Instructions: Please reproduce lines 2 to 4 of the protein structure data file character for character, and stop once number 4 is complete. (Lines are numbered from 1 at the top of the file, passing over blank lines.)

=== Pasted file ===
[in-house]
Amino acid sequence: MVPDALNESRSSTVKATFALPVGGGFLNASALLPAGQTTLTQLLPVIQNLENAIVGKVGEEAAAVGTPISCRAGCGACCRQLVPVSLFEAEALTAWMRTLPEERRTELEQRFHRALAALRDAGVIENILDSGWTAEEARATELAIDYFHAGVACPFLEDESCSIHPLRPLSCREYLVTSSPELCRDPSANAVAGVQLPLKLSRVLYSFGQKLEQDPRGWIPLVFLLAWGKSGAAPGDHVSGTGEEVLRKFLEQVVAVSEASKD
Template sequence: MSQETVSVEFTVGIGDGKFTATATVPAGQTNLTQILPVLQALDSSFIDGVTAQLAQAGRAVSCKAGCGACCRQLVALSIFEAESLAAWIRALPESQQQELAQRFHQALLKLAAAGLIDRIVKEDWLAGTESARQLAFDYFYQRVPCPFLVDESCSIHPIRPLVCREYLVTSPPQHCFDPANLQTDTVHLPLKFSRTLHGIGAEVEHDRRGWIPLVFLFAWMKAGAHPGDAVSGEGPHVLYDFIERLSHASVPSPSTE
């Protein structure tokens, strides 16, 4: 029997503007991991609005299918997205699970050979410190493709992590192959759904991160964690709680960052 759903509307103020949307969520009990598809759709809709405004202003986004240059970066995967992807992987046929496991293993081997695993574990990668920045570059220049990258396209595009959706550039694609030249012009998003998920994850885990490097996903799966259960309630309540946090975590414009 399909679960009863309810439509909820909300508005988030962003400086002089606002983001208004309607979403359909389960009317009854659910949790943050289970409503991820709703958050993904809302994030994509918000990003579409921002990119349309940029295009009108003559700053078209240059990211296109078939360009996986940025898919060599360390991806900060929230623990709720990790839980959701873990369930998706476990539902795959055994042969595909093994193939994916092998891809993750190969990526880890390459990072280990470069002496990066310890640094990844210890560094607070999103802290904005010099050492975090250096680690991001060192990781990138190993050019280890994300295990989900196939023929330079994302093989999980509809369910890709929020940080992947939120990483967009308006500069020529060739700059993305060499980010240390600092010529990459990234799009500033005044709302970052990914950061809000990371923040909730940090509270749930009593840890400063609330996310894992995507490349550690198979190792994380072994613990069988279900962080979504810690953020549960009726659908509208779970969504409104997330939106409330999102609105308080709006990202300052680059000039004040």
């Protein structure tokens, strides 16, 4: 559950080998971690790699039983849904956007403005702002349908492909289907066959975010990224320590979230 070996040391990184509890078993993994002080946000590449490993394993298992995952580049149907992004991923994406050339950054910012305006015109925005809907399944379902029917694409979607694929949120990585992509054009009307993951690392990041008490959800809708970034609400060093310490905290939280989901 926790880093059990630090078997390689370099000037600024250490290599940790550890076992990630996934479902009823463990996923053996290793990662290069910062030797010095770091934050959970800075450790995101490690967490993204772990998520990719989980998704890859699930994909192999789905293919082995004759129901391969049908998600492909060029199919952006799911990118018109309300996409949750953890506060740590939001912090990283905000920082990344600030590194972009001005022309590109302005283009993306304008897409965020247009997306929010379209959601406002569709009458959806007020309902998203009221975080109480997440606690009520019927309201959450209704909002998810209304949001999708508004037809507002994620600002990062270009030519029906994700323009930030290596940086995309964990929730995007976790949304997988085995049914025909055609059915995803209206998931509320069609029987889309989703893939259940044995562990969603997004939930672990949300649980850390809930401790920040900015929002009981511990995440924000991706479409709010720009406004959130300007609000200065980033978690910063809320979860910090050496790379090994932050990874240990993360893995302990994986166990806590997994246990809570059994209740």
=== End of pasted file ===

Amino acid sequence: MVPDALNESRSSTVKATFALPVGGGFLNASALLPAGQTTLTQLLPVIQNLENAIVGKVGEEAAAVGTPISCRAGCGACCRQLVPVSLFEAEALTAWMRTLPEERRTELEQRFHRALAALRDAGVIENILDSGWTAEEARATELAIDYFHAGVACPFLEDESCSIHPLRPLSCREYLVTSSPELCRDPSANAVAGVQLPLKLSRVLYSFGQKLEQDPRGWIPLVFLLAWGKSGAAPGDHVSGTGEEVLRKFLEQVVAVSEASKD
Template sequence: MSQETVSVEFTVGIGDGKFTATATVPAGQTNLTQILPVLQALDSSFIDGVTAQLAQAGRAVSCKAGCGACCRQLVALSIFEAESLAAWIRALPESQQQELAQRFHQALLKLAAAGLIDRIVKEDWLAGTESARQLAFDYFYQRVPCPFLVDESCSIHPIRPLVCREYLVTSPPQHCFDPANLQTDTVHLPLKFSRTLHGIGAEVEHDRRGWIPLVFLFAWMKAGAHPGDAVSGEGPHVLYDFIERLSHASVPSPSTE
């Protein structure tokens, strides 16, 4: 029997503007991991609005299918997205699970050979410190493709992590192959759904991160964690709680960052 759903509307103020949307969520009990598809759709809709405004202003986004240059970066995967992807992987046929496991293993081997695993574990990668920045570059220049990258396209595009959706550039694609030249012009998003998920994850885990490097996903799966259960309630309540946090975590414009 399909679960009863309810439509909820909300508005988030962003400086002089606002983001208004309607979403359909389960009317009854659910949790943050289970409503991820709703958050993904809302994030994509918000990003579409921002990119349309940029295009009108003559700053078209240059990211296109078939360009996986940025898919060599360390991806900060929230623990709720990790839980959701873990369930998706476990539902795959055994042969595909093994193939994916092998891809993750190969990526880890390459990072280990470069002496990066310890640094990844210890560094607070999103802290904005010099050492975090250096680690991001060192990781990138190993050019280890994300295990989900196939023929330079994302093989999980509809369910890709929020940080992947939120990483967009308006500069020529060739700059993305060499980010240390600092010529990459990234799009500033005044709302970052990914950061809000990371923040909730940090509270749930009593840890400063609330996310894992995507490349550690198979190792994380072994613990069988279900962080979504810690953020549960009726659908509208779970969504409104997330939106409330999102609105308080709006990202300052680059000039004040």